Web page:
A fifth beam FX3 for a fifth beam direction is created at a radiation source 30 with the help of a further collimator 32 in front of the radiation source 30. This third radiation source 30 is accordingly preferably arranged above, for example above right, the transport apparatus, for example in a rear space of the transillumination space 5. The collimator 32, which is formed as a slit collimator, for creating a preferably fan shaped beam FX3 extending perpendicular to a transport plane. The detector line 31, which cooperates with the X-ray generator 30, is mounted below the transport device 3.
The detector lines 11, 12, 21, 22, 31 of FIGS. 2 and 3 and FIGS. 4 and 5 are coupled, in a known manner, with an electronic processor (not shown in additional detail) for evaluating in a known manner signals created in the detector lines 11, 12, 21, 22, 31. Depending upon a decrease in intensity of the individual beams FX1.1-FX3, different magnitude signals are thereby generated. In this manner the object 4 to be transilluminated is transported along the transport track, or transport device 3, through the transillumination space 5 while the object 4 is transilluminated by 3 or 5 beams FX1.1-FX3 from three or five different directions. This transillumination can be made visible as a model 6 on the monitor 2 whereby the object 4 with the items 4.1 therein can be depicted according to an appropriate process, also three dimensionally.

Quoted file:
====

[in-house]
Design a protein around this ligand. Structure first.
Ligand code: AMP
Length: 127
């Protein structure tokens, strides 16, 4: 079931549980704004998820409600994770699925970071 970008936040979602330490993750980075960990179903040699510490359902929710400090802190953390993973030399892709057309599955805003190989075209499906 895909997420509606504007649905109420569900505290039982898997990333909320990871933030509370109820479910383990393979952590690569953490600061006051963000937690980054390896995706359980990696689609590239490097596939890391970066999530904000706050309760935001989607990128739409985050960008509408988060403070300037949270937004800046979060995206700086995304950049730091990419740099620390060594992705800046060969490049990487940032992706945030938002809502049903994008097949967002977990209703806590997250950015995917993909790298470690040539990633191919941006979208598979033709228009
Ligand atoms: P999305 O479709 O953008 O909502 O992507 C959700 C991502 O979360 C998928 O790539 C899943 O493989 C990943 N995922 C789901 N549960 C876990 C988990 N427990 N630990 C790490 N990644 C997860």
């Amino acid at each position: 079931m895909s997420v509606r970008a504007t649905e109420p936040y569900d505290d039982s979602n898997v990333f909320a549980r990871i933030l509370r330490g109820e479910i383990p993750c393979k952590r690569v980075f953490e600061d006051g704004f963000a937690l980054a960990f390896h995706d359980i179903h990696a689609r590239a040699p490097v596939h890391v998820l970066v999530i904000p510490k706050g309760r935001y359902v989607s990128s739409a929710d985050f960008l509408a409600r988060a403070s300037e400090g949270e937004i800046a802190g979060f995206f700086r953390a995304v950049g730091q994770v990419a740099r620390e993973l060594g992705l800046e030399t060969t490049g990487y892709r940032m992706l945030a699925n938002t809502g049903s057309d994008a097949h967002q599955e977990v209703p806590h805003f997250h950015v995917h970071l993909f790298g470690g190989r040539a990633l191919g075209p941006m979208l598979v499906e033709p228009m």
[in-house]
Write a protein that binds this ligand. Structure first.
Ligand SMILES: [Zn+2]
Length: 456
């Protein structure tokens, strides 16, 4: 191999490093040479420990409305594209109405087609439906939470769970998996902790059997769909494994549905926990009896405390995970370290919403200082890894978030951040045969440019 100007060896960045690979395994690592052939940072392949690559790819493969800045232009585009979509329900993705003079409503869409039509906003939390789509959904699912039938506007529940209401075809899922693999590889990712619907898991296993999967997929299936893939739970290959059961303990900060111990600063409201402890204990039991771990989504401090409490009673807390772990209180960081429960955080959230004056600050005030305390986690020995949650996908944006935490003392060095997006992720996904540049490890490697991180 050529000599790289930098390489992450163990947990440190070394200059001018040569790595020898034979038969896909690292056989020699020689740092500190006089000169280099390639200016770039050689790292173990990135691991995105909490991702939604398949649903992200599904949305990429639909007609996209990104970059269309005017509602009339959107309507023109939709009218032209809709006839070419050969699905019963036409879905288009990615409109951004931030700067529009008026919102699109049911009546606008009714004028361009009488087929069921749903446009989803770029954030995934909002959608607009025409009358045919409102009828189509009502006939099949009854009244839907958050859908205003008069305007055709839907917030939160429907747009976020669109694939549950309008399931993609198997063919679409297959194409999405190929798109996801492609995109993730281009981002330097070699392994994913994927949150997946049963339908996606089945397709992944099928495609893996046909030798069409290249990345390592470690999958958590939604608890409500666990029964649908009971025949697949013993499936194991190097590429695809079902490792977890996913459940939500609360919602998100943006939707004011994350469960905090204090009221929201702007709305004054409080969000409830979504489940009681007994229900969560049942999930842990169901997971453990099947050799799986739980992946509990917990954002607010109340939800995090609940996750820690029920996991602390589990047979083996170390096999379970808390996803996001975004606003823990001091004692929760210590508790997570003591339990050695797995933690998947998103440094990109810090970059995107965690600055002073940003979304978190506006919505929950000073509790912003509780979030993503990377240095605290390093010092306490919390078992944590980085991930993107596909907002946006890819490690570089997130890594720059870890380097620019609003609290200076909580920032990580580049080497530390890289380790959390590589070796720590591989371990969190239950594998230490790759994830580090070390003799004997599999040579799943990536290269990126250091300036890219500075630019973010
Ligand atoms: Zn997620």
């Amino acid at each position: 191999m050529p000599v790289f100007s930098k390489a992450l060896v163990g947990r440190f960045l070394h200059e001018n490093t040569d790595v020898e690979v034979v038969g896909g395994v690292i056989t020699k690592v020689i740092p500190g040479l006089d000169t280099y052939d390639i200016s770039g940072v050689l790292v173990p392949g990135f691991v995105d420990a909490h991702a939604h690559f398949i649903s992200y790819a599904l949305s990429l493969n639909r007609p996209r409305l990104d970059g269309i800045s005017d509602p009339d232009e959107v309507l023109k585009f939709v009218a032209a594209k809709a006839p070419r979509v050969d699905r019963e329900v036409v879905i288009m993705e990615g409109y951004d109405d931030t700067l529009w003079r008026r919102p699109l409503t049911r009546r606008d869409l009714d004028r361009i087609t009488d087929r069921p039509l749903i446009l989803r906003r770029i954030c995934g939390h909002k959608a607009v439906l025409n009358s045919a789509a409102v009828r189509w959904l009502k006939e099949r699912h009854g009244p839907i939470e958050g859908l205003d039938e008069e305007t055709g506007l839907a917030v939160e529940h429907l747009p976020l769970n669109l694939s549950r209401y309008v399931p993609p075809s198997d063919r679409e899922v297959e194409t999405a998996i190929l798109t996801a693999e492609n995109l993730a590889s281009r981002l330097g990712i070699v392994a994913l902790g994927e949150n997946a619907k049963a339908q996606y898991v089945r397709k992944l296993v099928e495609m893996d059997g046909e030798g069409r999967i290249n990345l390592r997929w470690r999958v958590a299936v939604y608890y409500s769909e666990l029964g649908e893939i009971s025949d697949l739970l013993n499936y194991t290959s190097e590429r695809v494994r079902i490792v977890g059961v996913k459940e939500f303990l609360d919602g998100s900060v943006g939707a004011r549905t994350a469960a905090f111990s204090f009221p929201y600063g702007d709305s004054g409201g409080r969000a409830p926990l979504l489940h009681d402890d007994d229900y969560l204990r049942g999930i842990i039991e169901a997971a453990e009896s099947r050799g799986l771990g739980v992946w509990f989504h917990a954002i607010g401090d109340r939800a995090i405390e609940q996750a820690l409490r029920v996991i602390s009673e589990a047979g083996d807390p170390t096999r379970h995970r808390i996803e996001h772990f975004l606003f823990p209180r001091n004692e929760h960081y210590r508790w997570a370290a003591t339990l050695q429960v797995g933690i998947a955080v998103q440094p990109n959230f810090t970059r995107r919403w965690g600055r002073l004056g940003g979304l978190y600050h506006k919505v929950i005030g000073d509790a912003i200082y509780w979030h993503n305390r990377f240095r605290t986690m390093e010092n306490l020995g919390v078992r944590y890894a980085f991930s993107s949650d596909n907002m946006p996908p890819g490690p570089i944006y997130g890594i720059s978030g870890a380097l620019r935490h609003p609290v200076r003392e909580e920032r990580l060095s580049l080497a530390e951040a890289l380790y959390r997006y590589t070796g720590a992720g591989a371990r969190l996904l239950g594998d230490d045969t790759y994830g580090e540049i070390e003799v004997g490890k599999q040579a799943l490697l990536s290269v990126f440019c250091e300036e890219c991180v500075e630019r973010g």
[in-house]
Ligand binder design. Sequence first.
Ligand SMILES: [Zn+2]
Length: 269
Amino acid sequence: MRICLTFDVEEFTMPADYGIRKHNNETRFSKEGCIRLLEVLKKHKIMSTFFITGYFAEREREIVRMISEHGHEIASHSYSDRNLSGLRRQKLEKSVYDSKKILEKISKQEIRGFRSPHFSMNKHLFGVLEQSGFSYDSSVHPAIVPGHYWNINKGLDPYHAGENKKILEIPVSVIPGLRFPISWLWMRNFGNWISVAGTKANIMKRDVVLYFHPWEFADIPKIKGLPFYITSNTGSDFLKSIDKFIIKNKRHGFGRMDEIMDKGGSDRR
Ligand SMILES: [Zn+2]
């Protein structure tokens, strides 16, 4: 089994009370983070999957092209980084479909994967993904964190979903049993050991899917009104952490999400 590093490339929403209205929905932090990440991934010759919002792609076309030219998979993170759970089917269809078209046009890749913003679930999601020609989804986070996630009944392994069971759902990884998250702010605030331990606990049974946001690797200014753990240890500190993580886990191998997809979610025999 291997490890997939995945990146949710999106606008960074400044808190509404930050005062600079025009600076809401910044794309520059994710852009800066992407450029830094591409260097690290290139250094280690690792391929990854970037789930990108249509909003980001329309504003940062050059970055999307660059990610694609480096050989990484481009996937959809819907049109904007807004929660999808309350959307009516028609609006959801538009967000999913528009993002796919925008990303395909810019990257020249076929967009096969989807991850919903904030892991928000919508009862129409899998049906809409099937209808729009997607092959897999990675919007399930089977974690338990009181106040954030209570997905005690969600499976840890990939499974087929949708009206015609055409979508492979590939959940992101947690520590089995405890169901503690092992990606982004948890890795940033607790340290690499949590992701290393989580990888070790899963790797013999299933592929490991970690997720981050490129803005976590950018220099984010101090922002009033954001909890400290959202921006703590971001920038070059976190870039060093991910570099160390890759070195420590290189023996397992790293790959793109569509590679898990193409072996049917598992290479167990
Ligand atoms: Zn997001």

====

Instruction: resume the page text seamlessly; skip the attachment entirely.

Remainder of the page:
Absorption, as well as the thickness or volumes of the items 4.1 in object 4 is determined from the signals created at the detector lines 11, 12, 21, 22, 31. From the thickness or the volume, the density can be determined. With these two measured quantities, the processor, with the help of reference quantities stored in the processor, can exactly determine the material type or types.